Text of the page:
Modern backup management: every incremental backup counts

by | Apr 13, 2021 | Business, Cybersecurity

Technology continues to play an even greater role in core business activities and therefore protecting those assets is now more important than ever. The best way to deal with the growing reliance on technology and data is with modern backup management.

Backups have long been a standard in good IT management, but testing those backups to ensure they are working has long been a failure in many small and medium-sized businesses. You test your smoke detectors, right?


Good backups are a labour of care.

The best way to ensure your backups are working is to regularly monitor and maintain them. Modern backup solutions provide backup frequencies far more often than the once per day or weekly (that was common years ago). Now, it is expected that you will have multiple backups running throughout the day to provide smaller windows between changes, such as our recommended hourly incremental.

You could go and check that every backup is running on every server, every hourly increment, but the better approach is to leverage solutions and processes to do some of that heavy lifting for you and have a human touch to ensure that the robots are doing their jobs.

Smart Dolphins manages multiple backup solutions, from our legacy StorageCraft ShadowProtect SPX server, along with our active Datto and Unitrends systems, all of which are within their own portal. We utilize an additional system called Backup Radar. This tool takes all the reporting data, backup jobs, automated verifications etc. and aggregates them into a set of reports and dashboard functions.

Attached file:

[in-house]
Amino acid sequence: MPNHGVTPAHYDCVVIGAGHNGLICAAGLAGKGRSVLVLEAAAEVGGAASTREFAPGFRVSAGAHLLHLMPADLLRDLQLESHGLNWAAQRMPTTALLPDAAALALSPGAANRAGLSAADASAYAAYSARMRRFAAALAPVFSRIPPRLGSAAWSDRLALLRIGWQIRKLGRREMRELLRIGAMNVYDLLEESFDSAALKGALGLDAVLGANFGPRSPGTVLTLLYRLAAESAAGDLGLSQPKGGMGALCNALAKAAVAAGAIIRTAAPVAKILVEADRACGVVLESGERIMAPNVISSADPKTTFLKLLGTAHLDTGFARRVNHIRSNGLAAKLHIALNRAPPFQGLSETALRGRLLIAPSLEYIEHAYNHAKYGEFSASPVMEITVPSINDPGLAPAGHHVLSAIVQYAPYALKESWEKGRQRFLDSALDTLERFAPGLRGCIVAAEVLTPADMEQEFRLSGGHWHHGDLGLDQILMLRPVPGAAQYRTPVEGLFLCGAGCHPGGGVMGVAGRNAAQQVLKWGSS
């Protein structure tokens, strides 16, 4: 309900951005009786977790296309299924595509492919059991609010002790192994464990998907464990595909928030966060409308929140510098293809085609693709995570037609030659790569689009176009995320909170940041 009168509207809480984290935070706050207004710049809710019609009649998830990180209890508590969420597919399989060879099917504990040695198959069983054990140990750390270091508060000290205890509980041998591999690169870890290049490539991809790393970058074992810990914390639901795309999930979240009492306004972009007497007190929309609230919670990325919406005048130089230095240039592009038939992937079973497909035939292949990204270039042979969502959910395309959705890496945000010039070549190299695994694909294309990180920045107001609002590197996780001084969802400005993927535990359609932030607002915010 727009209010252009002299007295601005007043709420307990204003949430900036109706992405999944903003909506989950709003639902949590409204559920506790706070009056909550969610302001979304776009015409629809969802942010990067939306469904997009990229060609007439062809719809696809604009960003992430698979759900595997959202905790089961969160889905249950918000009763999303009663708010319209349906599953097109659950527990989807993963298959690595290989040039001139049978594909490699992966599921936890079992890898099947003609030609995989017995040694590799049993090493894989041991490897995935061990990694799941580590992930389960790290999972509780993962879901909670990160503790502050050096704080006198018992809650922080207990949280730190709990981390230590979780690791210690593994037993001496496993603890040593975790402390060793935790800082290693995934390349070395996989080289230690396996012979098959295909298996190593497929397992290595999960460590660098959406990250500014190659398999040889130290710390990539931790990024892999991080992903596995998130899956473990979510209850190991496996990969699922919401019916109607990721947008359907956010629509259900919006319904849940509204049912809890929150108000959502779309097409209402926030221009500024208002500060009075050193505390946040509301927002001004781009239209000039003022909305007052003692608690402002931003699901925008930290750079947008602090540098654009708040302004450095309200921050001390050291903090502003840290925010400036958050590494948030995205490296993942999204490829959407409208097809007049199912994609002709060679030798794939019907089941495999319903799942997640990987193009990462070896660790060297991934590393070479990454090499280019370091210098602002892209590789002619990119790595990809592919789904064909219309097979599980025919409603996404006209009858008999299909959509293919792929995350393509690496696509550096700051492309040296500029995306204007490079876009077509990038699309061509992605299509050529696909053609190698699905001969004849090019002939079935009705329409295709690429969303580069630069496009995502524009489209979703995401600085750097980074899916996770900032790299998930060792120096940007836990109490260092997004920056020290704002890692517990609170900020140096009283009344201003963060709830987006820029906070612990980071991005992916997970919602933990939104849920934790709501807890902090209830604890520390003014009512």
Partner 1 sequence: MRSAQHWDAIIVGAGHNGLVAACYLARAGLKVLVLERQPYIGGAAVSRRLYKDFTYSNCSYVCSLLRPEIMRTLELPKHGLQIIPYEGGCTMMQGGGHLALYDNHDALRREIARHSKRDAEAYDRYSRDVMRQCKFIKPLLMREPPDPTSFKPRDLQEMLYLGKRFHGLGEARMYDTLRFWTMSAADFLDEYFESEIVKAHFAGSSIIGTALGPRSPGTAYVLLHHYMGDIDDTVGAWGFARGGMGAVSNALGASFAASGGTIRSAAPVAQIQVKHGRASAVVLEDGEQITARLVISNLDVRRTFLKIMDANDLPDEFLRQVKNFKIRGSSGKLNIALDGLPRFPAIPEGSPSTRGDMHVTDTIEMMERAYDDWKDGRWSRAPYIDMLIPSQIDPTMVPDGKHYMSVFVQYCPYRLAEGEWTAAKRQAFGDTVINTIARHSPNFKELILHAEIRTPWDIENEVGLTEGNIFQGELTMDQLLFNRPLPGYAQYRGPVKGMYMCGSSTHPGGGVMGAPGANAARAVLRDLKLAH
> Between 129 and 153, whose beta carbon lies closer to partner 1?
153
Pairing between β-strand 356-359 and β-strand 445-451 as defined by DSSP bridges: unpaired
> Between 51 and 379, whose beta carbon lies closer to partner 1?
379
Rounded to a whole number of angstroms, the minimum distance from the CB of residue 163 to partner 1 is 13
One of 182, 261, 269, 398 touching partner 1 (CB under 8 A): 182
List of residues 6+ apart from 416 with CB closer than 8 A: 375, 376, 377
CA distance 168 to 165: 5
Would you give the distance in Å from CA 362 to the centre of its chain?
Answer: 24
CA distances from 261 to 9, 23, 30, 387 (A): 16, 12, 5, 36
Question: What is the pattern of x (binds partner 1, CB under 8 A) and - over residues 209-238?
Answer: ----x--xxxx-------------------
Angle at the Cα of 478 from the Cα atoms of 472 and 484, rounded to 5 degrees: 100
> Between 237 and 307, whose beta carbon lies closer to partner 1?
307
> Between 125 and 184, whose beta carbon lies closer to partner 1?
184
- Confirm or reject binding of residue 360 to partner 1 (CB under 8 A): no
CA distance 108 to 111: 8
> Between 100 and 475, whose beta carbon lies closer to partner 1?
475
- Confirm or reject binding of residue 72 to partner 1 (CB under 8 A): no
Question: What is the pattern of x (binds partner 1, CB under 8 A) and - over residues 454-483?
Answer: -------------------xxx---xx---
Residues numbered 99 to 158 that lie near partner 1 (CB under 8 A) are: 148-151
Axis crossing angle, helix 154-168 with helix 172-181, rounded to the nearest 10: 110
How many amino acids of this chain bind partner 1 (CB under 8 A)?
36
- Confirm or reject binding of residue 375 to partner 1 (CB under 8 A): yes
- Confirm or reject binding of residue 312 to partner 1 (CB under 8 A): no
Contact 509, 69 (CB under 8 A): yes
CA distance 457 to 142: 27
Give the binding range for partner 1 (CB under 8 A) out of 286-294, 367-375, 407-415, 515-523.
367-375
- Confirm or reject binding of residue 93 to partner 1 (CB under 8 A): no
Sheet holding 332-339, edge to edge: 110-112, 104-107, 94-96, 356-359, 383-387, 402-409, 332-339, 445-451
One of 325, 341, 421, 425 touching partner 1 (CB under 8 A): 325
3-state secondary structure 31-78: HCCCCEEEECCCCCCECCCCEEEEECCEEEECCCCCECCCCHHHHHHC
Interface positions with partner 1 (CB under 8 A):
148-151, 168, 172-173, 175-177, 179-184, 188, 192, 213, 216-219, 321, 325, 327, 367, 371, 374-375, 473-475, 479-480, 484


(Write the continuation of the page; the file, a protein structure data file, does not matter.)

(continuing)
All of this means that we have an active view of every backup at every one of our clients. We review the stats on these daily to ensure backups are running and conduct more thorough audits weekly where we look for any trends or issues, check the off-site replication jobs and do a confirmation that the backups are mountable/restorable once a month; something that is still checked by a human to ensure that what the system says is good is indeed good.

In short, good backups are a labour of care. Many hours every month are needed to ensure that when something happens that event is not as big of a disaster as it could be. Whether you are managing hundreds of backups or just one simple server, you always need to make sure that your backups are running, that any maintenance (like off-site replication or consolidation or incremental images) is happening, and most importantly, that you can mount/boot those backups so that if you need them, they work with the benefit of knowing how to get into them when the time comes. And as this IT case in point suggests, always remember there is often a better way to do repetitive tasks — there are systems, tools and services that exist to take manual workflows and turn them into a scroll down a page and look for anything not green level of automation.